Answering Critics of Bush's Proposed Marriage Reforms by Michael J. McManus
President, Marriage Savers 9311 Harrington Dr. Potomac. MD 20854
President George Bush made the most important statement about marriage of
any president ever when he unveiled his plans to make marriage the next
reform of welfare reform. He acknowledged that "Single mothers do heroic
work," but added, "Their lives and their children's lives would be better if
their fathers had lived up to their responsibilities." Applause erupted
from largely black crowd at a Catholic Church in Southeast Washington.
The President said, "Statistics tell us that children from two parent
families are less likely to end up in poverty, drop out of school, become
addicted to drugs, have a child out of wedlock, suffer abuse or become a
violent criminal and end up in prison. So my Administration will give
unprecedented support to strengthening marriages," a remarkable statement
that sparked hearty applause.
Bush noted that there are "many good programs help couples who want to get
married and stay married. Premarital programs can increase happiness in
marriage and reduce divorce by teaching couples how to resolve conflict, how
to improve communication and, most importantly, how to treat each other with
The President is right. My wife and I created such a program in our church
and have taken it to hundreds of churches in scores of cities. Since 1992 in
our Bethesda, MD church, we trained 59 couples to mentor those preparing for
marriage. We administer FOCCUS, a premarital inventory that surfaces up to
192 issues for discussion. The man and woman meet separately and write down
whether they agree or disagree with statements like these: "I am concerned
that sometimes my future spouse spends money foolishly. "I am uncomfortable
with the amount my future spouse drinks. "At times I am concerned about the
silent treatment I get from my future spouse."
A computer report compares what the man and woman said, noting agreements
and conflicts. It can predict with about 80% accuracy who is likely to
divorce or have a solid marriage. And a tenth of the couples who take a
premarital inventory, break their engagement. Those who do have the same
scores as those who marry and later divorce. Thus, couples who break up
before a wedding are avoiding a bad marriage before it begins.
In our church we have added the element of trained mentor couples who have
been married more than 30 years on average. They devote five evenings to
talk through every issue as well as assign a dozen exercises to "teach them
how to resolve conflict, how to improve communication," as the President put
With what result? Of 302 couples who signed up through 2000, 21 dropped out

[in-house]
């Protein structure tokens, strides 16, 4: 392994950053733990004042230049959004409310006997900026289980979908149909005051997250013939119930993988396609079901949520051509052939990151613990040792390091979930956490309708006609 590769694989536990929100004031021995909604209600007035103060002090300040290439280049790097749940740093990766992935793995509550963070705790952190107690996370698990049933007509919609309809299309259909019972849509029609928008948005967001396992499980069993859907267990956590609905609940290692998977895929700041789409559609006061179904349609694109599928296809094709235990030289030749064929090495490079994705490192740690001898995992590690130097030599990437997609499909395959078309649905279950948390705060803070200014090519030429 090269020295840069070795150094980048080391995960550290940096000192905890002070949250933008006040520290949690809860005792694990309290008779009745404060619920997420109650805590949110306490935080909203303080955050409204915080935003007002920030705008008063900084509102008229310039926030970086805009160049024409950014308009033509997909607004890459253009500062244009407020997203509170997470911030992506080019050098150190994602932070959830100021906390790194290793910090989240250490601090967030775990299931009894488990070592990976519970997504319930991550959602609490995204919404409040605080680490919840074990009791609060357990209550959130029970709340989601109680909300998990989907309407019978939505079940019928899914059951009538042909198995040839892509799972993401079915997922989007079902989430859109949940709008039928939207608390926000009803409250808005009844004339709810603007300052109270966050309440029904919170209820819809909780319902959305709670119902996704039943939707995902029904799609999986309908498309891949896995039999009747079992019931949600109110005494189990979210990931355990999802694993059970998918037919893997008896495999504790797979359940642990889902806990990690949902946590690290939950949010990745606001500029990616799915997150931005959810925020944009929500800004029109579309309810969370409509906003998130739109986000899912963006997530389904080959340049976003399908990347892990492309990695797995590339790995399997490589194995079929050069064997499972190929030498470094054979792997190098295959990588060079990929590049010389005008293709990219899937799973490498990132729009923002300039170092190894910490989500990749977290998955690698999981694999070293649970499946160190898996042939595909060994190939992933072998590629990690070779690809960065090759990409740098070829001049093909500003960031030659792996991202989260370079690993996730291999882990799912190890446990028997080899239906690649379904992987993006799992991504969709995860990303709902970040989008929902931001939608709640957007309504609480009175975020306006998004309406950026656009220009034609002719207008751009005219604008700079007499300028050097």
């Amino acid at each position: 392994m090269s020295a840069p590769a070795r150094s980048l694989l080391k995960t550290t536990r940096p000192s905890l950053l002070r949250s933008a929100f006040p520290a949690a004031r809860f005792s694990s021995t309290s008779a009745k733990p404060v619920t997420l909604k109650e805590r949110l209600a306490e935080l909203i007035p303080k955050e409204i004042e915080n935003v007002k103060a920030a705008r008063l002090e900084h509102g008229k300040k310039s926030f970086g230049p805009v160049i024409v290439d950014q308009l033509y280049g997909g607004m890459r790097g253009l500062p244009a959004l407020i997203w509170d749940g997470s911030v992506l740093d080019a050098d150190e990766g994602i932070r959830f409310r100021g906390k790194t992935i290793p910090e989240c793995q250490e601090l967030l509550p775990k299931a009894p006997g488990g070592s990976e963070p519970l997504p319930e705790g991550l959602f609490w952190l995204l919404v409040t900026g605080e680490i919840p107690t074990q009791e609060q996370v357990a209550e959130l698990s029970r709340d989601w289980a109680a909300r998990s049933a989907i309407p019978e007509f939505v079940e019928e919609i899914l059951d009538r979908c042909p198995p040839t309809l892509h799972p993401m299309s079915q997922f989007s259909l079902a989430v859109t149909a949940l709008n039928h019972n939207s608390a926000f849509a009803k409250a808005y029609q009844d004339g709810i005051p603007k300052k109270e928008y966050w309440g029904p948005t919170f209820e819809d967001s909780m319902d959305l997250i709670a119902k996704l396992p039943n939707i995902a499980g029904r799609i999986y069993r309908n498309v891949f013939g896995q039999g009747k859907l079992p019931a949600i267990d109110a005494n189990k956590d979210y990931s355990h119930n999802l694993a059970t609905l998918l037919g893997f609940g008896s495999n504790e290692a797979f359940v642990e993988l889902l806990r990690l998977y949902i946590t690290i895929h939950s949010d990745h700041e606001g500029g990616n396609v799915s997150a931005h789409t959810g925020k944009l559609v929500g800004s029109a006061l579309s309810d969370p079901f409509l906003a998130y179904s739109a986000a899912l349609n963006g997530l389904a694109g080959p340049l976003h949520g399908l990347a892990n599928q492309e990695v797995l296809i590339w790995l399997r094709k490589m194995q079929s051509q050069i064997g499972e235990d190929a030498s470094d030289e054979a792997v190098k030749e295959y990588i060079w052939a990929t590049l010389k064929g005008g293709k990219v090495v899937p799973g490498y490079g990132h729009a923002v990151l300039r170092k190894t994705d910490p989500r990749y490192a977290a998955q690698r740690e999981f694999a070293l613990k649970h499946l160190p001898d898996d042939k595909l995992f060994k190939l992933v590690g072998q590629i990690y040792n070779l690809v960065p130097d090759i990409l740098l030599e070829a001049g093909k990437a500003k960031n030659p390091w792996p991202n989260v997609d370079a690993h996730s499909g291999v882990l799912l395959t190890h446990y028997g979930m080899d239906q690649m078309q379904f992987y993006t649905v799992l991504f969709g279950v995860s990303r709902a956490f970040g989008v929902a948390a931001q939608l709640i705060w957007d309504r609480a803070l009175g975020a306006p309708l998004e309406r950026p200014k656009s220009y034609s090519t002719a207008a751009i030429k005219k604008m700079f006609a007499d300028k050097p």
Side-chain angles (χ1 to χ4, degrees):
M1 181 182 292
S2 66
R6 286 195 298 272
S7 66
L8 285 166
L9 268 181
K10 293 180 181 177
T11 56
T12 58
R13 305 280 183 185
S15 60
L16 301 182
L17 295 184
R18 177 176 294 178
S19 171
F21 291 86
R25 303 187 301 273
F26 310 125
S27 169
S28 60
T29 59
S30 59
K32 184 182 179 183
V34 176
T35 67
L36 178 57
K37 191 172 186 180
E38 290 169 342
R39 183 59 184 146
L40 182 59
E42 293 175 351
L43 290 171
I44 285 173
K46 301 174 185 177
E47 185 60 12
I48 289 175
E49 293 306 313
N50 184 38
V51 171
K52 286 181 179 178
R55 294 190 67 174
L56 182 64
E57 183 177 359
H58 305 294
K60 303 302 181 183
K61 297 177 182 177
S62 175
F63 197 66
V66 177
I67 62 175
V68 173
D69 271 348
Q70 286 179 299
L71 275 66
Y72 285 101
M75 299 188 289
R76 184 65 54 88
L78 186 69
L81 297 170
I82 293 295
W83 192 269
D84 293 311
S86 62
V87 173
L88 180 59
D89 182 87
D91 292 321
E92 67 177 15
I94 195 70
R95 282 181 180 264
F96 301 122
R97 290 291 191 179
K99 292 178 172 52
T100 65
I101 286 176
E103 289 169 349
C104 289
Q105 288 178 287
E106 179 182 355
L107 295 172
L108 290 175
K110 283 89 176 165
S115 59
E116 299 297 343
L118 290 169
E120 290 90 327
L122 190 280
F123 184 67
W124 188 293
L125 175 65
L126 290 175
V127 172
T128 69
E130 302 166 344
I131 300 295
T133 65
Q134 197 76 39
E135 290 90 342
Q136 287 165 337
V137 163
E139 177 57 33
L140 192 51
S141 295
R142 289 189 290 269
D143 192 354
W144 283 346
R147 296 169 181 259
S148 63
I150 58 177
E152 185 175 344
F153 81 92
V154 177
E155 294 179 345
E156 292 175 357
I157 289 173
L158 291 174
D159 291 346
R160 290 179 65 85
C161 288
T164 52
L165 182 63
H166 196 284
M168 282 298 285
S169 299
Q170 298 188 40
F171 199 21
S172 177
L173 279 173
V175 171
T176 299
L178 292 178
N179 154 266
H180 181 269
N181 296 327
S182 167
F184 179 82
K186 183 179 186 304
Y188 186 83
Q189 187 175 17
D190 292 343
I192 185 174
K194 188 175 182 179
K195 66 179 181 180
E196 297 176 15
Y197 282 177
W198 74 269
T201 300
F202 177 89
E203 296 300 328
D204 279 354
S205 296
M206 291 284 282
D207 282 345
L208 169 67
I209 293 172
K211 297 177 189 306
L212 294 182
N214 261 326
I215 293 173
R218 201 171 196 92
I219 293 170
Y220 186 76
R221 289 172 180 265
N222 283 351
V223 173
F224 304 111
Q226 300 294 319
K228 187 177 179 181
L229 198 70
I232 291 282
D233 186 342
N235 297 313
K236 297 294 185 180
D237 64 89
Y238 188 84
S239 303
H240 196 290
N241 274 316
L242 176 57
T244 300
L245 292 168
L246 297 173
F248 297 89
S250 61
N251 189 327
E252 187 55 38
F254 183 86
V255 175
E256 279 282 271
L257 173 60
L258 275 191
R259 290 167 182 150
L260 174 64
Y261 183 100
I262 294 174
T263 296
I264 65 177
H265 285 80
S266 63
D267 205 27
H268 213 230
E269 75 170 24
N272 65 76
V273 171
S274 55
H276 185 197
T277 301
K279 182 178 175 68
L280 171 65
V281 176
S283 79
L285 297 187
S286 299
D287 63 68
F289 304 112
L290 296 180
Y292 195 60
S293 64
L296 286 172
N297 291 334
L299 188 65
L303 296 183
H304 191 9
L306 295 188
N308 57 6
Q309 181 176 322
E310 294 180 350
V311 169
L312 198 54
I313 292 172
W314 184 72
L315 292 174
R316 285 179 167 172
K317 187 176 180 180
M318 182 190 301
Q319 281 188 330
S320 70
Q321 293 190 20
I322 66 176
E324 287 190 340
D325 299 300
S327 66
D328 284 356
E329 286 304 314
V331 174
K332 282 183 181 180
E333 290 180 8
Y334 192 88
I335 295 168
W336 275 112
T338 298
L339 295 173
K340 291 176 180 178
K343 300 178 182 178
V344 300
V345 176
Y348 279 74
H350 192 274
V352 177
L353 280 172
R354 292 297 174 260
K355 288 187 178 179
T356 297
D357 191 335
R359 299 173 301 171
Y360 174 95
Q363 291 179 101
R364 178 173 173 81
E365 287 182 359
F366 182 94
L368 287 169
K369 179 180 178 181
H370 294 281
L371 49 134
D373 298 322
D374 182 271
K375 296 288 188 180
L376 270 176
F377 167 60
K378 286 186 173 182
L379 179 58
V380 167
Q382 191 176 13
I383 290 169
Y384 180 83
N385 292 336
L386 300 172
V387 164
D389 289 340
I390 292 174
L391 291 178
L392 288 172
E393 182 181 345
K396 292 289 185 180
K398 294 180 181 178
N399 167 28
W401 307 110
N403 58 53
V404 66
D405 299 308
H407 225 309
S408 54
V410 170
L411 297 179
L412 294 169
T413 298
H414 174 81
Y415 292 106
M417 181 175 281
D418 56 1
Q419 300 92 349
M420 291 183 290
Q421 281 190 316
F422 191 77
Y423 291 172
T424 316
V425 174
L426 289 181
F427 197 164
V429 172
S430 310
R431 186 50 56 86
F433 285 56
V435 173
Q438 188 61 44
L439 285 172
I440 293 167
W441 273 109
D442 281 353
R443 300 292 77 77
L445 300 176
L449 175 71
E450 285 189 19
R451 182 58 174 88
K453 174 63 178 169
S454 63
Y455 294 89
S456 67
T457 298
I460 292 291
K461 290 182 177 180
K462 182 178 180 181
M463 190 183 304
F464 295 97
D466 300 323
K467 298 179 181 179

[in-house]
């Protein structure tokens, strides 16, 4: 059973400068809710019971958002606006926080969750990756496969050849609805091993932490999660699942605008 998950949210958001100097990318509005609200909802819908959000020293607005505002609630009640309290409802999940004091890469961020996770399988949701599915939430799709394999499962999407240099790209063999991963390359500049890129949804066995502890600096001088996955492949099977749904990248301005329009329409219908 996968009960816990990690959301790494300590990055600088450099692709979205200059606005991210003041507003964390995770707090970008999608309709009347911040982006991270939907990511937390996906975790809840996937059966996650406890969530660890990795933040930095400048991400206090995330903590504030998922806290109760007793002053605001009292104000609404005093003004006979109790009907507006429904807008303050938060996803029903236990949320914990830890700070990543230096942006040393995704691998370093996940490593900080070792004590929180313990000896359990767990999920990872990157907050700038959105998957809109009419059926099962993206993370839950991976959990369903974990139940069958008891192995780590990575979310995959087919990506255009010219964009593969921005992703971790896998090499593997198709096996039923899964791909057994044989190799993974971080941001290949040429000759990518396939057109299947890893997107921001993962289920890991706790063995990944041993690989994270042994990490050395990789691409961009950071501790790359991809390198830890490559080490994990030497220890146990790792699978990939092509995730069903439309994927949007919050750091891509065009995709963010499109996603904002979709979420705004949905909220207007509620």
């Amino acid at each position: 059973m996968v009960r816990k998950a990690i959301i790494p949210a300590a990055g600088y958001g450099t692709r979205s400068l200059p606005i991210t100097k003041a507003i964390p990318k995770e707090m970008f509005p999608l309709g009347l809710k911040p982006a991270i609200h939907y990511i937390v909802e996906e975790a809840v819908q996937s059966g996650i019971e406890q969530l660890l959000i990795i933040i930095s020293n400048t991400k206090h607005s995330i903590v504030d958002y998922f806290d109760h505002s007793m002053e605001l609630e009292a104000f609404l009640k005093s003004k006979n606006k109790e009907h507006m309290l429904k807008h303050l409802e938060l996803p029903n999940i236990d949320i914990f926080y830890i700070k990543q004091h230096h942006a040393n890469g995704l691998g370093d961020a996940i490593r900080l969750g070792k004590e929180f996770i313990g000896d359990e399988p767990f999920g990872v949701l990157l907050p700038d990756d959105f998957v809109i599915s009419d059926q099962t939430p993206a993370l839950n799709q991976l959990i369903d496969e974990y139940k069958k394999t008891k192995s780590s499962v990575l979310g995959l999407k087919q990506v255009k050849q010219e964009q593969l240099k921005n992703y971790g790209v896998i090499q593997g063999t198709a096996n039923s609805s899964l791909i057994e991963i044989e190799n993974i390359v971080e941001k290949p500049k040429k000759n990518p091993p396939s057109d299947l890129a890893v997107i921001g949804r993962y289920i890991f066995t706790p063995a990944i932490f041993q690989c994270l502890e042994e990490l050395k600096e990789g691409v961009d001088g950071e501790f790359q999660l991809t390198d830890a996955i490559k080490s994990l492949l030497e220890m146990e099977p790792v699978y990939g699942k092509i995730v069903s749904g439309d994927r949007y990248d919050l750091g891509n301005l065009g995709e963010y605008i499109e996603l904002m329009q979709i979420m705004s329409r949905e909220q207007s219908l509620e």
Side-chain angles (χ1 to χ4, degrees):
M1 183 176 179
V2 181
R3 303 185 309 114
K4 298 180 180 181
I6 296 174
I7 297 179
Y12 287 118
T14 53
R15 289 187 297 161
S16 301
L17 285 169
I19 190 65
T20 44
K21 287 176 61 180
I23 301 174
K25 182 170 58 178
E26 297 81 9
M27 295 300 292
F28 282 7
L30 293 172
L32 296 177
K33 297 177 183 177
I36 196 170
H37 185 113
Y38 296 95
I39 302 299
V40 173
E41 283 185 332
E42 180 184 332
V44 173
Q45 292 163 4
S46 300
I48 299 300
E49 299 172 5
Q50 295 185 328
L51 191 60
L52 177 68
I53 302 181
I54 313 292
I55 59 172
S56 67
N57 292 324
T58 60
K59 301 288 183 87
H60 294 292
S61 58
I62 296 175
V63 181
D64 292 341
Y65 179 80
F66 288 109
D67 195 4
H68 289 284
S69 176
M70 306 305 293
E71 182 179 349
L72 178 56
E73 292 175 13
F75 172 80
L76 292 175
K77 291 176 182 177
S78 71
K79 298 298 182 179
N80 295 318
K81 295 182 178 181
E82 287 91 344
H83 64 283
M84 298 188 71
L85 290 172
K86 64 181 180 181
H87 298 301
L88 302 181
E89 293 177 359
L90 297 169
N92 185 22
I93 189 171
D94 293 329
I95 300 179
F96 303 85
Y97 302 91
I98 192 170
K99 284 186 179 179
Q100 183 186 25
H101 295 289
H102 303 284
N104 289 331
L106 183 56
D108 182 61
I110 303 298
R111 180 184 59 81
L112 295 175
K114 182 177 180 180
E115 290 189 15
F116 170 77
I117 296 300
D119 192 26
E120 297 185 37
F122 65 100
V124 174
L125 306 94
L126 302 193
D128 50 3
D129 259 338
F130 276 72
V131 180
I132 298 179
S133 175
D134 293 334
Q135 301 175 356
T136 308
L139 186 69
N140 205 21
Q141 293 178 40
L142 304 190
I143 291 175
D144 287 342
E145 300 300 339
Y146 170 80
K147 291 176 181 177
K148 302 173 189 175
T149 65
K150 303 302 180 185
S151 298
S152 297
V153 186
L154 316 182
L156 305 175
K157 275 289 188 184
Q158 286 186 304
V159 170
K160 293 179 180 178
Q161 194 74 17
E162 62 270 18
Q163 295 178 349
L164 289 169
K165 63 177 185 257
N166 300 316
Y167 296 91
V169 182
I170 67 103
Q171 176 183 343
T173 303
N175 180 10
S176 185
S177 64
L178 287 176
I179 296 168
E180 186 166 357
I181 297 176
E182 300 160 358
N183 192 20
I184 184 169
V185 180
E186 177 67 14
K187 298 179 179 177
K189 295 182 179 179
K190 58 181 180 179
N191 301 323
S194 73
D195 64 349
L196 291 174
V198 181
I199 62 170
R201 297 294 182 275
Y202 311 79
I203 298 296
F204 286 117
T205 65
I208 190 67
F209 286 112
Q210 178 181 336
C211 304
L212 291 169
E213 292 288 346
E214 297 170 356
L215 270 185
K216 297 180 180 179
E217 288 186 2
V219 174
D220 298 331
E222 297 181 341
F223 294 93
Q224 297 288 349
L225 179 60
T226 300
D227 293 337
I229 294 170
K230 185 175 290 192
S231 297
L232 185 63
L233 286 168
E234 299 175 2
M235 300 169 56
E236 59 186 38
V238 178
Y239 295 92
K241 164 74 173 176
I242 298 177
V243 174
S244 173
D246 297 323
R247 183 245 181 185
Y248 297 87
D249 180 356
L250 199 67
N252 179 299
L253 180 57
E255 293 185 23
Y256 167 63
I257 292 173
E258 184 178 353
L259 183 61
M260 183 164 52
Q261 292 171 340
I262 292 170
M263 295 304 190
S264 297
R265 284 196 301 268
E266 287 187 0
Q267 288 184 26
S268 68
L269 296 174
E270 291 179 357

(mostly to break up) and 34 additional couples completed the course, but
broke up before there was a wedding. However, of those who married, there
have been only seven divorces in a decade. That's a 2.5 percent failure
The President praised another form of couple mentoring: "There are also
programs for couples with serious problems alcoholism, infidelity or
gambling. Trained mentor couples who have experienced severe marital
problems themselves now teach other couples how to repair their own
marriages. Using this approach, one national program reports being able to
save up to 70 percent of very troubled marriages." That describes
Retrouvaille (800 470-2230), a weekend retreat attended by 65,000 couples.
On average it saves four out of five marriages. Bush was also describing a
similar parish-based couple mentoring program called "Marriage Ministry,"
that uses trained "back-from-the-brink couples," which actually saves 90
percent of shaky marriages!
Finally, Bush proposed $300 million "to support innovation and fund programs
which are most effective." Why? "Strong marriages and stable families are
incredibly good for children."
Of course, critics have surfaced. I would like to quote them, and provide
1. Money: "It is unconscionable to reallocate already inadequate Temporary
Assistance to Needy Families (TANF) fund to policies designed to promote
marriage," says Stephanie Coontz and Nancy Folbre, professors at Evergreen
State College and the University of Massachusetts, in a speech they will
give at the Council on Contemporary Families April 26-28. Others have noted
this money could be spent on day care, job training
FACT: According to the Congressional Research Services' August 10, 2001
report, "Welfare Reform: TANF Grants, Transfers and Unspent Funds through FY
2000," there was a total of $8.6 billion of unspent TANF Funds that the
states could spend on day care, job training, etc. While some of that was
set aside for "rainy day" funds to be used in case of an economic slowdown,
$3.2 billion of those funds were "unobligated reserves." Thus, even the
lower figure is ten times as much money already available to the states as
the Bush Administration is proposing to spend to promote marriage. And the
$300 million being sought for marriage demonstration programs would not be
reallocated TANF funds.
2. Marriage is private: David Boaz, of the conservative Cato Institute, was